When London’s Lychgate released their self-titled debut LP in 2013, their big publicity hook was the involvement of guitarist/vocalist Greg Chandler. Chandler’s better known as one of two consistent members of Esoteric, a long-running and prolific doom metal band that helped to establish the lugubrious “funeral doom” subgenre during the mid-’90s. With any luck, An Antidote For The Glass Pill should fully deliver Lychgate from Esoteric’s shadow. This is a highly unusual album, even by the standards of a genre as fundamentally freaky as black metal. Multi-instrumentalist James “Vortigern” Young handles its most outré aesthetic touch — a prominent pipe organ that shares center stage with the guitars for much of the album. Organs have had a foothold in metal since the glory days of Deep Purple, but most bands opt for smoky, ’70s-ish tones. When pipe organs do appear, they’re usually signifiers for top-hat-sporting camp evil — think King Diamond or Dimmu Borgir. But Lychgate use it in a completely different context. They’ve chosen a technical, aggressive approach with a major penchant for dissonance as their starting point instead. Amidst such gnarled harmonies and intense performances, the organ takes on an unearthly howling quality that’s kind of terrifying to listen to. You can hear many good examples of this effect on “Letter XIX”, the first song to appear from An Antidote For The Glass Pill. In contrast, the organ plays a supporting role on “Deus Te Videt.” This is one of the more “normal” songs on the album, in the sense that its first half moves at a predictable 3/4 rhythm and even features some vocal melody, in the form of layered chanting from Young. That said, there’s still a guy chanting, and a bunch of other odd keyboard tones and loping cymbal patterns driving that rhythm. And when drummer Thomas Vallely whips this mixture into a froth with a blastbeat after a few minutes? That just ain’t normal. Listen.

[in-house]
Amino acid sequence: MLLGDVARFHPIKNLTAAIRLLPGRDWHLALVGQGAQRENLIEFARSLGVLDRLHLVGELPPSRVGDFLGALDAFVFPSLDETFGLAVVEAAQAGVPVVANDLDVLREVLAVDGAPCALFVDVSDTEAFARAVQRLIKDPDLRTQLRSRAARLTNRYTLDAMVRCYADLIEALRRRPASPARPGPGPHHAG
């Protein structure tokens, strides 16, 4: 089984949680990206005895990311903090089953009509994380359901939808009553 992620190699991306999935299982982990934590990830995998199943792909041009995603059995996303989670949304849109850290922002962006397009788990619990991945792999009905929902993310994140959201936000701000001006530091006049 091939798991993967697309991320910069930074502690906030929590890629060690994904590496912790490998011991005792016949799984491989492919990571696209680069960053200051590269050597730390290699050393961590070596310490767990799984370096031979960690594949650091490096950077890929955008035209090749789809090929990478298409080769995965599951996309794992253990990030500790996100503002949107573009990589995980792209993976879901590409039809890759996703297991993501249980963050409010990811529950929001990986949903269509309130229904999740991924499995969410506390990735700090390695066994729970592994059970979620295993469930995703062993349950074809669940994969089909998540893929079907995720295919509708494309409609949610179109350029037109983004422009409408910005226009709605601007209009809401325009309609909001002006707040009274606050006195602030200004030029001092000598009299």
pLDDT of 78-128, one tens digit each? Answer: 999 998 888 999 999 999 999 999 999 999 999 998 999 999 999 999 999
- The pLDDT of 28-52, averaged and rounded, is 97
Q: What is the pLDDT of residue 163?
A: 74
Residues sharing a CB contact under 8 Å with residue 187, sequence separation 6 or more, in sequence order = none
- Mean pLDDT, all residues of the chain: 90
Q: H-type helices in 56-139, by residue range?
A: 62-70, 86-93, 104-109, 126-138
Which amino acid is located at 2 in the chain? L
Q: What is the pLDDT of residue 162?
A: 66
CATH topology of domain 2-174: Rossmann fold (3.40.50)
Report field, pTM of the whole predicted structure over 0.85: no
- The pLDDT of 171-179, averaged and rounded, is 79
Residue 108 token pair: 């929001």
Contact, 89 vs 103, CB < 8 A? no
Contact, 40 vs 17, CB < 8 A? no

An Antidote For The Glass Pill will be available on 8/18 via Blood Music. Preorder here.